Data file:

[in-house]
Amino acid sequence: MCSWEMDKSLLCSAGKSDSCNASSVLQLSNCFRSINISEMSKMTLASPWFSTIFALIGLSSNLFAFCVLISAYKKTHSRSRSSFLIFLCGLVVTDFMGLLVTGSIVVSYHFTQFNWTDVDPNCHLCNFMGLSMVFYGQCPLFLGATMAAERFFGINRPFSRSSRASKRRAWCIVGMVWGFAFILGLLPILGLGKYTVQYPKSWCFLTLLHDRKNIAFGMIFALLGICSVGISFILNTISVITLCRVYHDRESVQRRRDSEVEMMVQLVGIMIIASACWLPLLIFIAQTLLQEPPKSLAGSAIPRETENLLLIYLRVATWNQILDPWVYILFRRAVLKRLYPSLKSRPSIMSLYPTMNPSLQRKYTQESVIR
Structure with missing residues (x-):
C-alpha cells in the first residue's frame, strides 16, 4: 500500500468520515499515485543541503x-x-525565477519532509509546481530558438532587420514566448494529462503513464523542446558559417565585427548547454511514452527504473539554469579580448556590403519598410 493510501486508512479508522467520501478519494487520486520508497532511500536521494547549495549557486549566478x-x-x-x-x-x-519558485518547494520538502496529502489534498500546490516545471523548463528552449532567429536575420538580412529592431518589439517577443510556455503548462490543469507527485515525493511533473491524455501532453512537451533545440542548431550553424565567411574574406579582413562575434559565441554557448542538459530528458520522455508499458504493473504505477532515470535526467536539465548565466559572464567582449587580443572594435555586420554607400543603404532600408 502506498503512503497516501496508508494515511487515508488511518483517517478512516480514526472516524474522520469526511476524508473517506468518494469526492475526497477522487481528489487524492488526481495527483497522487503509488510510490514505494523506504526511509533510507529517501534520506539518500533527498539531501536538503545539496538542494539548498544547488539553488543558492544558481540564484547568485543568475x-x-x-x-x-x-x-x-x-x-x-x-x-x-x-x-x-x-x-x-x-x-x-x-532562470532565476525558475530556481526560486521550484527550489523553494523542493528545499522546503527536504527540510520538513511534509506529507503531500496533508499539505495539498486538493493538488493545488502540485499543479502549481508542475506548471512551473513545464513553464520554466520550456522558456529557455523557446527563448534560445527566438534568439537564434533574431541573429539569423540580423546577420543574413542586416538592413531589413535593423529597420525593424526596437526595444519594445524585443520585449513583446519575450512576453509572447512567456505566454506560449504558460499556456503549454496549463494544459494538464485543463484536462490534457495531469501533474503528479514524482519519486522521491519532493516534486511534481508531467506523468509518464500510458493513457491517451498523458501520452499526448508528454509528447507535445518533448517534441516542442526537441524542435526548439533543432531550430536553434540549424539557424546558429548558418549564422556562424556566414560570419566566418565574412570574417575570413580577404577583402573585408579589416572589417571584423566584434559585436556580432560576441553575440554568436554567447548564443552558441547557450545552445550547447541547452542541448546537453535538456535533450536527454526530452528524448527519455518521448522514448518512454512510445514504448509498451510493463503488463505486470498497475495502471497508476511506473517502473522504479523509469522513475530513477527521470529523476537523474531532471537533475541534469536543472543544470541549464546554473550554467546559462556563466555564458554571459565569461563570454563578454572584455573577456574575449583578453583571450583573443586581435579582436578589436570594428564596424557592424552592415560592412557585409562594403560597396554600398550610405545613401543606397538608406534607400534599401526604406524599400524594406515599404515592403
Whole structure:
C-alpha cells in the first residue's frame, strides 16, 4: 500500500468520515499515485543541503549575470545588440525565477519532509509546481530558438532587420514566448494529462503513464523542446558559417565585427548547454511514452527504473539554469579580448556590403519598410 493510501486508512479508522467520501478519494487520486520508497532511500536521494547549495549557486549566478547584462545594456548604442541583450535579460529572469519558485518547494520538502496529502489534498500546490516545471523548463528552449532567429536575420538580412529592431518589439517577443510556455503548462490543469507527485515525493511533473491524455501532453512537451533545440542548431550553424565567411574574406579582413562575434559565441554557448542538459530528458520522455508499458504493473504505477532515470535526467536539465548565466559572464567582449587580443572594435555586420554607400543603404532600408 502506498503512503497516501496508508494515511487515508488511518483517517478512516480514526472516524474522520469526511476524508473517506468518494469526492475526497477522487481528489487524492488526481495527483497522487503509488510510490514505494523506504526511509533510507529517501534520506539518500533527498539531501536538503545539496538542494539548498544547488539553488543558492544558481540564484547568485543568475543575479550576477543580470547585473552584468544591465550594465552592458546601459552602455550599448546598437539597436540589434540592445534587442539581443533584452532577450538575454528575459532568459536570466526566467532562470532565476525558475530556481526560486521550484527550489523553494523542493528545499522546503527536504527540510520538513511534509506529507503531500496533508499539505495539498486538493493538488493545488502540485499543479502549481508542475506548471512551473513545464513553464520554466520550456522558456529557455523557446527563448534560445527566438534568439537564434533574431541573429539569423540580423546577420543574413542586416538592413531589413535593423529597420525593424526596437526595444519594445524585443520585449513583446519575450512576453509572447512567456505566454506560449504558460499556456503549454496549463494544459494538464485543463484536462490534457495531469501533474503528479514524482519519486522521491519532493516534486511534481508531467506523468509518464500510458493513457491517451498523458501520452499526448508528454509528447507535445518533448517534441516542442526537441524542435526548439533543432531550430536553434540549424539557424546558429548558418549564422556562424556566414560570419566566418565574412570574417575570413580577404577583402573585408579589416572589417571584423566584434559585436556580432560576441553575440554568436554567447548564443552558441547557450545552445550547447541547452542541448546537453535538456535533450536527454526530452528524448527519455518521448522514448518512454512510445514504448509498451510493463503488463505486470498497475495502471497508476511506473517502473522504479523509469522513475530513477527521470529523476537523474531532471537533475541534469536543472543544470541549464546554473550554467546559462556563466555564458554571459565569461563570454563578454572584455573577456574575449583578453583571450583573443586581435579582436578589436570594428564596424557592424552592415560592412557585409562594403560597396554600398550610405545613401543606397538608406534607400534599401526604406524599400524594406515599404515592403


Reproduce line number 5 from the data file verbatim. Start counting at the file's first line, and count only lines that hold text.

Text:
Whole structure: